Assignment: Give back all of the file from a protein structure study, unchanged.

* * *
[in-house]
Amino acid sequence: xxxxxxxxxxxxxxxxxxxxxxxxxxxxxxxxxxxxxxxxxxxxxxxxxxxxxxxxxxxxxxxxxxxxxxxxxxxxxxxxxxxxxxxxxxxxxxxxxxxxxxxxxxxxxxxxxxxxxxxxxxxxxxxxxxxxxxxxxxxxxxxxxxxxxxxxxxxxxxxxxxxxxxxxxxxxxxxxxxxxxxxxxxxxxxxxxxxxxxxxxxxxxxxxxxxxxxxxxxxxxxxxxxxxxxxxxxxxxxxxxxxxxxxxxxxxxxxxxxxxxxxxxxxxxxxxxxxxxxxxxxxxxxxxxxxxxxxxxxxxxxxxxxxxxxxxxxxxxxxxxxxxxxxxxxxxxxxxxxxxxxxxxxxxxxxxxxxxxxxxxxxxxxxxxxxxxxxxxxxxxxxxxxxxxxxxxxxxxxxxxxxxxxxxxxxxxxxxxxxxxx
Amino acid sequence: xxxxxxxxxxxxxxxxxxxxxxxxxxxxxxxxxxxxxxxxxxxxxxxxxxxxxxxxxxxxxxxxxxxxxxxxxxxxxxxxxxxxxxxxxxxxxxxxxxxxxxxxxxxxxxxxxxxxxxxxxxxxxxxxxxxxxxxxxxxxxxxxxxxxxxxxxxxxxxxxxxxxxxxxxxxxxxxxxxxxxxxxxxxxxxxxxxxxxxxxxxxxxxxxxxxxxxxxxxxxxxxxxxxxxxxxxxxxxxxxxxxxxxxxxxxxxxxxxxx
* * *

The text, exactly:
[in-house]
Amino acid sequence: xxxxxxxxxxxxxxxxxxxxxxxxxxxxxxxxxxxxxxxxxxxxxxxxxxxxxxxxxxxxxxxxxxxxxxxxxxxxxxxxxxxxxxxxxxxxxxxxxxxxxxxxxxxxxxxxxxxxxxxxxxxxxxxxxxxxxxxxxxxxxxxxxxxxxxxxxxxxxxxxxxxxxxxxxxxxxxxxxxxxxxxxxxxxxxxxxxxxxxxxxxxxxxxxxxxxxxxxxxxxxxxxxxxxxxxxxxxxxxxxxxxxxxxxxxxxxxxxxxxxxxxxxxxxxxxxxxxxxxxxxxxxxxxxxxxxxxxxxxxxxxxxxxxxxxxxxxxxxxxxxxxxxxxxxxxxxxxxxxxxxxxxxxxxxxxxxxxxxxxxxxxxxxxxxxxxxxxxxxxxxxxxxxxxxxxxxxxxxxxxxxxxxxxxxxxxxxxxxxxxxx
Amino acid sequence: xxxxxxxxxxxxxxxxxxxxxxxxxxxxxxxxxxxxxxxxxxxxxxxxxxxxxxxxxxxxxxxxxxxxxxxxxxxxxxxxxxxxxxxxxxxxxxxxxxxxxxxxxxxxxxxxxxxxxxxxxxxxxxxxxxxxxxxxxxxxxxxxxxxxxxxxxxxxxxxxxxxxxxxxxxxxxxxxxxxxxxxxxxxxxxxxxxxxxxxxxxxxxxxxxxxxxxxxxxxxxxxxxxxxxxxxxxxxxxxxxxxxxxxxxxxxxxxxxxx